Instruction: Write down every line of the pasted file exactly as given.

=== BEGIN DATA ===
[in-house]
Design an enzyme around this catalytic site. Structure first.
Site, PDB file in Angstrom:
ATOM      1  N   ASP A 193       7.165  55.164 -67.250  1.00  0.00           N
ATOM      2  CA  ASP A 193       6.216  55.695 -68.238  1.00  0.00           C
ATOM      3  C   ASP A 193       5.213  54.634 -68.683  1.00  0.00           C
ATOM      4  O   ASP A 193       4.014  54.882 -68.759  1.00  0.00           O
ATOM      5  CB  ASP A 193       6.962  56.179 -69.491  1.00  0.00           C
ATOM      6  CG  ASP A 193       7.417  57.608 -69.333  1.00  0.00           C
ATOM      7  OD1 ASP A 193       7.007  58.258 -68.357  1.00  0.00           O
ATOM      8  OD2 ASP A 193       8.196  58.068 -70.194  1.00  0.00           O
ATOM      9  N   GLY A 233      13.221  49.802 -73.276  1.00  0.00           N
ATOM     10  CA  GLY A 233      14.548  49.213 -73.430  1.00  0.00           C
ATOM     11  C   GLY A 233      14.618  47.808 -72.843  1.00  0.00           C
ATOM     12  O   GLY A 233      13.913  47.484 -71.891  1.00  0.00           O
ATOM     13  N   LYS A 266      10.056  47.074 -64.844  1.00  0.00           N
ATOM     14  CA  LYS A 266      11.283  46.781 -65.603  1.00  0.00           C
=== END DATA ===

[in-house]
Design an enzyme around this catalytic site. Structure first.
Site, PDB file in Angstrom:
ATOM      1  N   ASP A 193       7.165  55.164 -67.250  1.00  0.00           N
ATOM      2  CA  ASP A 193       6.216  55.695 -68.238  1.00  0.00           C
ATOM      3  C   ASP A 193       5.213  54.634 -68.683  1.00  0.00           C
ATOM      4  O   ASP A 193       4.014  54.882 -68.759  1.00  0.00           O
ATOM      5  CB  ASP A 193       6.962  56.179 -69.491  1.00  0.00           C
ATOM      6  CG  ASP A 193       7.417  57.608 -69.333  1.00  0.00           C
ATOM      7  OD1 ASP A 193       7.007  58.258 -68.357  1.00  0.00           O
ATOM      8  OD2 ASP A 193       8.196  58.068 -70.194  1.00  0.00           O
ATOM      9  N   GLY A 233      13.221  49.802 -73.276  1.00  0.00           N
ATOM     10  CA  GLY A 233      14.548  49.213 -73.430  1.00  0.00           C
ATOM     11  C   GLY A 233      14.618  47.808 -72.843  1.00  0.00           C
ATOM     12  O   GLY A 233      13.913  47.484 -71.891  1.00  0.00           O
ATOM     13  N   LYS A 266      10.056  47.074 -64.844  1.00  0.00           N
ATOM     14  CA  LYS A 266      11.283  46.781 -65.603  1.00  0.00           C